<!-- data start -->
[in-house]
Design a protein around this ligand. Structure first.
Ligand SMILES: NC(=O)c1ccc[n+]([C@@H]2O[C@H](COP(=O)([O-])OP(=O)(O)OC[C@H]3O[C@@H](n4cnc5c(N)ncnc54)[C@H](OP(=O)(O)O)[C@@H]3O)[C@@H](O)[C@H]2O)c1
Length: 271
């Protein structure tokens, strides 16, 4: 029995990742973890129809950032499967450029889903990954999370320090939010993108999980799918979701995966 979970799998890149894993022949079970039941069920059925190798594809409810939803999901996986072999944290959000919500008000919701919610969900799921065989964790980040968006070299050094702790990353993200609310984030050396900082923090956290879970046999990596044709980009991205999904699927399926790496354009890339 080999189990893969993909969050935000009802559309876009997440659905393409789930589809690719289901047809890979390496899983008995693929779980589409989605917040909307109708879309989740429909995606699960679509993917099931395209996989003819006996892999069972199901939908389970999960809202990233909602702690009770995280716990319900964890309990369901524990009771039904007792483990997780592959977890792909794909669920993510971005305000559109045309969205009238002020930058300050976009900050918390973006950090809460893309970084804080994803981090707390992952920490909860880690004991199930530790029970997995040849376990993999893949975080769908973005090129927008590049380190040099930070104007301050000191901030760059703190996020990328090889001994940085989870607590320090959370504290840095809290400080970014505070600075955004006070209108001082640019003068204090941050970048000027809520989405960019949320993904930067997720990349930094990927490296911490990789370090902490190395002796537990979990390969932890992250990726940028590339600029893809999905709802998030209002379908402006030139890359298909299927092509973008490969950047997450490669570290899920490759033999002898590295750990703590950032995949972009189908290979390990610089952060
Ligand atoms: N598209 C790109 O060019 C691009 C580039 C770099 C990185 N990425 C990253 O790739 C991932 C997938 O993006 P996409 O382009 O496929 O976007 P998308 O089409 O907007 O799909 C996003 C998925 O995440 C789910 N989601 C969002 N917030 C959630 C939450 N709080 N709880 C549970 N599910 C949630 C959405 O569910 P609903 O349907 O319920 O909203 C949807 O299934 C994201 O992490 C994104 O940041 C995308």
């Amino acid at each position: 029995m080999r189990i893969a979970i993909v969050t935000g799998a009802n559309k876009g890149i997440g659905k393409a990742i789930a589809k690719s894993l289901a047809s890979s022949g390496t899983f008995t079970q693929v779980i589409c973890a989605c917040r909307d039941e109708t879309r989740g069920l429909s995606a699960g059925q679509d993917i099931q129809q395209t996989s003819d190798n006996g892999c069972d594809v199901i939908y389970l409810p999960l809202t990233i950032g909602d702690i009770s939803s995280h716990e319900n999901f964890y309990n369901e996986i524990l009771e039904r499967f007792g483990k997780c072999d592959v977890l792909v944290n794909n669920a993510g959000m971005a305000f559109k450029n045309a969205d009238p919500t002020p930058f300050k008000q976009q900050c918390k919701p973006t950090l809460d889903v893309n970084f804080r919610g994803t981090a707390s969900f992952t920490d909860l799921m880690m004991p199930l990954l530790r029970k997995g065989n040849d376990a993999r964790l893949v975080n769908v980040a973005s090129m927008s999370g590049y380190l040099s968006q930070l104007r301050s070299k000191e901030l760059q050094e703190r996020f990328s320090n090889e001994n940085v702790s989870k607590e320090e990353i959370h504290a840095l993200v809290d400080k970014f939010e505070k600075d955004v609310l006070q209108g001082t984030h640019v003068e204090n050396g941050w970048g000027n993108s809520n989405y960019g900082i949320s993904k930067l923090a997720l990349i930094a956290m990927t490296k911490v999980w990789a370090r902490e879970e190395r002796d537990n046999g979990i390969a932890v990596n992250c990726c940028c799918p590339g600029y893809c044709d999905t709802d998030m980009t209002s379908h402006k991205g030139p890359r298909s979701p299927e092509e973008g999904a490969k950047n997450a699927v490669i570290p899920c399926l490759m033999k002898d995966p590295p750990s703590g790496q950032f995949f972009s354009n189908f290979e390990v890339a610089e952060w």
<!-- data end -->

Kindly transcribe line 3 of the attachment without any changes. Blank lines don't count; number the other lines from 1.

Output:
Ligand SMILES: NC(=O)c1ccc[n+]([C@@H]2O[C@H](COP(=O)([O-])OP(=O)(O)OC[C@H]3O[C@@H](n4cnc5c(N)ncnc54)[C@H](OP(=O)(O)O)[C@@H]3O)[C@@H](O)[C@H]2O)c1